It will be appreciated that various combinations of surface characteristics may be employed. As one specific example, a silicate coating may be formed on both surfaces of the silicone contact lens. The posterior side of the lens is treated for a relatively longer period with the polymerizable swelling agent, so that the posterior silicate surface layer becomes wrinkled, thus providing a textured surface for fluid exchange when the lens is worn. In contrast, the anterior side of the lens is treated for a relatively shorter period with the polymerizable swelling agent, so that the anterior surface has very little or no wrinkling; a carbon coating or other coating may be applied to the silicate surface layer on the anterior surface.
Table 1 discloses a monomer mixture for forming a silicone hydrogel lens material useful for the present invention.
TABLE-US-00001 TABLE 1 Component Parts by Weight TRIS-VC 55 NVP 30 V2D25 15 VINAL 1 n-nonanol 15 Darocur initiator 0.2 tint agent 0.05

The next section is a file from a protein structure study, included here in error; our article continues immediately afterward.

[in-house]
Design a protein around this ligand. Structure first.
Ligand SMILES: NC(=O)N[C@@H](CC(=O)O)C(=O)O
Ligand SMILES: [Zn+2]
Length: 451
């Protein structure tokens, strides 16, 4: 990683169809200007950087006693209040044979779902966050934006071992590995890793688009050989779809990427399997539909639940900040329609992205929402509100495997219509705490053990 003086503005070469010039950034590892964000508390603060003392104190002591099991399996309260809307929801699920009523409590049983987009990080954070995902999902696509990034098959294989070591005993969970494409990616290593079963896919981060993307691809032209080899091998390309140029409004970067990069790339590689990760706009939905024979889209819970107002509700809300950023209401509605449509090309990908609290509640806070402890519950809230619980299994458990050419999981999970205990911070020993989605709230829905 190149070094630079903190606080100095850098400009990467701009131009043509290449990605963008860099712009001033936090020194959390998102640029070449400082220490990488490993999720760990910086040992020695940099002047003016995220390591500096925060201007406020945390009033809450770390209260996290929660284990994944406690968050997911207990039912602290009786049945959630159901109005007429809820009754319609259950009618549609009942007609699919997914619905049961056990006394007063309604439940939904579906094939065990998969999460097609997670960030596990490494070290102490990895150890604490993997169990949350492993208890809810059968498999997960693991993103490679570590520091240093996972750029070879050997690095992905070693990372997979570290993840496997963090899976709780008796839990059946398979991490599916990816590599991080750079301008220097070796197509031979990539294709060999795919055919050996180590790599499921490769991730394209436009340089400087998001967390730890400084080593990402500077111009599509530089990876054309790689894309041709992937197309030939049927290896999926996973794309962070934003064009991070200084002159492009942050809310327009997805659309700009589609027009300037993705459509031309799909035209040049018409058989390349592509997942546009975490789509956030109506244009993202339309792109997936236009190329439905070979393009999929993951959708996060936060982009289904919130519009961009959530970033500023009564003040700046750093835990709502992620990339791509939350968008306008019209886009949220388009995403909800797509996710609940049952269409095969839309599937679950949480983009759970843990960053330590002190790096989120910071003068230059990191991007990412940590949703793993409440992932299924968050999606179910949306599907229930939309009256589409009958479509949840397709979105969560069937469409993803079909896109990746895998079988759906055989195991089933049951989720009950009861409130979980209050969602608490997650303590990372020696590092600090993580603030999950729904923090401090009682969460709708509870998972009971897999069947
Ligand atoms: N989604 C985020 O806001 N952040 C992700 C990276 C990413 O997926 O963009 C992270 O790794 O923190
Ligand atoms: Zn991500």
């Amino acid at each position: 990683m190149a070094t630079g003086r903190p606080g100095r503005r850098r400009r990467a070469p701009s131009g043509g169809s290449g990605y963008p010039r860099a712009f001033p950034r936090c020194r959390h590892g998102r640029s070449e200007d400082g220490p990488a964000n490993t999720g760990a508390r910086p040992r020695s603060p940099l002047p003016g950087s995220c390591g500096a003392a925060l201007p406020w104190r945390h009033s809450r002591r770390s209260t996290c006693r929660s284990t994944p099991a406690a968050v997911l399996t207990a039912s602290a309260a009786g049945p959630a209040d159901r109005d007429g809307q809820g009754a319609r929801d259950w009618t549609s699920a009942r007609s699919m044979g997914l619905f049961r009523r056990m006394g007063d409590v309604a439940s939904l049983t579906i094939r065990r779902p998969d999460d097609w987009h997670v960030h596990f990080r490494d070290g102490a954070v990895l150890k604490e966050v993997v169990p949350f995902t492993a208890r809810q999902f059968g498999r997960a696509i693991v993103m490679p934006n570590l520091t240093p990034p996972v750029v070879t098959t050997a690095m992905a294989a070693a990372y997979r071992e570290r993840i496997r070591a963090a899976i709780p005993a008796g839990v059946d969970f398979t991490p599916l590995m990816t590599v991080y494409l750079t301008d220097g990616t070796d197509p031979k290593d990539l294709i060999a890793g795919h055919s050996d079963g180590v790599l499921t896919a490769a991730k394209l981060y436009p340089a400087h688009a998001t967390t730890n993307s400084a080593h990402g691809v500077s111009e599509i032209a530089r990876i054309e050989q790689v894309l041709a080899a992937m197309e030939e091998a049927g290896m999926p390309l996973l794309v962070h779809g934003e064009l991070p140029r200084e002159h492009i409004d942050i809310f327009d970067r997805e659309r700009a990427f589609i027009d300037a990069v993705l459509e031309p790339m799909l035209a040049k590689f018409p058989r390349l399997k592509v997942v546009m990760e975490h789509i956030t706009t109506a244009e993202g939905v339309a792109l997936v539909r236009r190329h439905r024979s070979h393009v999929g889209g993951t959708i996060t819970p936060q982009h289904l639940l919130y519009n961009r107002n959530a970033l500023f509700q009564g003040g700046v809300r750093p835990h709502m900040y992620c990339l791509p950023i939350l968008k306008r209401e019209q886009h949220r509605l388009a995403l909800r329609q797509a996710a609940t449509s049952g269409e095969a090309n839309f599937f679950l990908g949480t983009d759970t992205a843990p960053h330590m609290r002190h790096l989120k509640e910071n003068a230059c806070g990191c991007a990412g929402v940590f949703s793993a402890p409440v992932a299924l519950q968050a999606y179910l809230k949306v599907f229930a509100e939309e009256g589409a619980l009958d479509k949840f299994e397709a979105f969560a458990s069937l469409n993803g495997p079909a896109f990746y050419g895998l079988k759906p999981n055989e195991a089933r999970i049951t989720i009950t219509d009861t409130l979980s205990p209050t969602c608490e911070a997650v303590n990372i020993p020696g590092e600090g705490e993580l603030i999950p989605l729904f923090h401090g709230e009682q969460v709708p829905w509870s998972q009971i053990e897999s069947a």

The following materials are designated above:
TABLE-US-00002 TRIS-VC tris(trimethylsiloxy)silylpropyl vinyl carbamate NVP N-vinyl pyrrolidone V2D25 a silicone-containing vinyl carbonate as previously described in U.S. Pat. No. 5,534,604. VINAL N-vinyloxycarbonyl alanine Darocur Darocur-1173, a UV initiator tint agent 1,4-bis[4-(2-methacryloxyethyl)phenylamino] anthraquinone
Table 2 discloses a monomer mixture for forming a polyurethane silicone hydrogel formulation useful in the present invention.
TABLE-US-00003 TABLE 2 Component Parts by Weight ID3S4H 55 TRIS 20 DMA 25 UV Absorber 0.5 n-Hexanol 20 Irgacure-819 initiator 0.5 Tint agent 150 ppm
The following materials are designated above:
TABLE-US-00004 TRIS tris(trimethylsiloxy)silylpropyl methacrylate DMA N,N-dimethylacrylamide ID3S4H a polysiloxane-containing urethane prepolymer of Formula (VI) where R27 is the residue of isophorone diisocyanate, and having a molecular weight about 4000. Irgacure-819 a UV initiator